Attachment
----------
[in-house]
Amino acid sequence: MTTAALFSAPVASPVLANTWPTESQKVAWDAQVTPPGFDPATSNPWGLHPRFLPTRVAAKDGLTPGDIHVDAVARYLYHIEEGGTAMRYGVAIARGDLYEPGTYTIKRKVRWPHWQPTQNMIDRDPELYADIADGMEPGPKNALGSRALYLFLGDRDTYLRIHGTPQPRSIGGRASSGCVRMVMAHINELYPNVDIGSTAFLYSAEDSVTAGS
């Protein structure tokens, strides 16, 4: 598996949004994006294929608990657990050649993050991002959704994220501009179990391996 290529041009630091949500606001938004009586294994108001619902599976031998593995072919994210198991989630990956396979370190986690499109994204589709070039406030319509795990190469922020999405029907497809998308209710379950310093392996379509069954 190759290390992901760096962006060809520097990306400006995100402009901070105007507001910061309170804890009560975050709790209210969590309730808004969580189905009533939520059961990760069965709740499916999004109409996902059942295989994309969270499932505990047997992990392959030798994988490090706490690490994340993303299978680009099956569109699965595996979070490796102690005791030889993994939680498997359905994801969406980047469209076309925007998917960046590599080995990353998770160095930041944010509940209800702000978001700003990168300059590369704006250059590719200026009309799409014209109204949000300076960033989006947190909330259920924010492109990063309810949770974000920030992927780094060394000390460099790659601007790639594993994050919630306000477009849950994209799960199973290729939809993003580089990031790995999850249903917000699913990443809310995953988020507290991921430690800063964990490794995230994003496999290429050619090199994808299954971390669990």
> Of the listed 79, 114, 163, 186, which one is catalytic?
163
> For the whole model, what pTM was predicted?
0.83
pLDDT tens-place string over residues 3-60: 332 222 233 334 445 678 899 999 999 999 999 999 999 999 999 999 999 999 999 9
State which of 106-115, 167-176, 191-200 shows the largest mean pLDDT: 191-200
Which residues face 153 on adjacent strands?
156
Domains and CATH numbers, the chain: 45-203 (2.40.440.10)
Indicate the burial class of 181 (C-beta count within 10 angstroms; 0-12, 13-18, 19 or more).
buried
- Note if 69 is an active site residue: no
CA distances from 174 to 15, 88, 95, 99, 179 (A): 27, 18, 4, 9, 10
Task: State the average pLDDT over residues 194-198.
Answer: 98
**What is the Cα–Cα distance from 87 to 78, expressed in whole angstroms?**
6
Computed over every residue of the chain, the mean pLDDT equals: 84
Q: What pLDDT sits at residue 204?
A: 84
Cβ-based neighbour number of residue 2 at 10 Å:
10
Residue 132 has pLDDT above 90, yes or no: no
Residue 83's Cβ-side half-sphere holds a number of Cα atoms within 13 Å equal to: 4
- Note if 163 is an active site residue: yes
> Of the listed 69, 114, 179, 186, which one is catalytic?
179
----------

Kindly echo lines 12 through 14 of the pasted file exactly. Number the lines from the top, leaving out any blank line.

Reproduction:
Domains and CATH numbers, the chain: 45-203 (2.40.440.10)
Indicate the burial class of 181 (C-beta count within 10 angstroms; 0-12, 13-18, 19 or more).
buried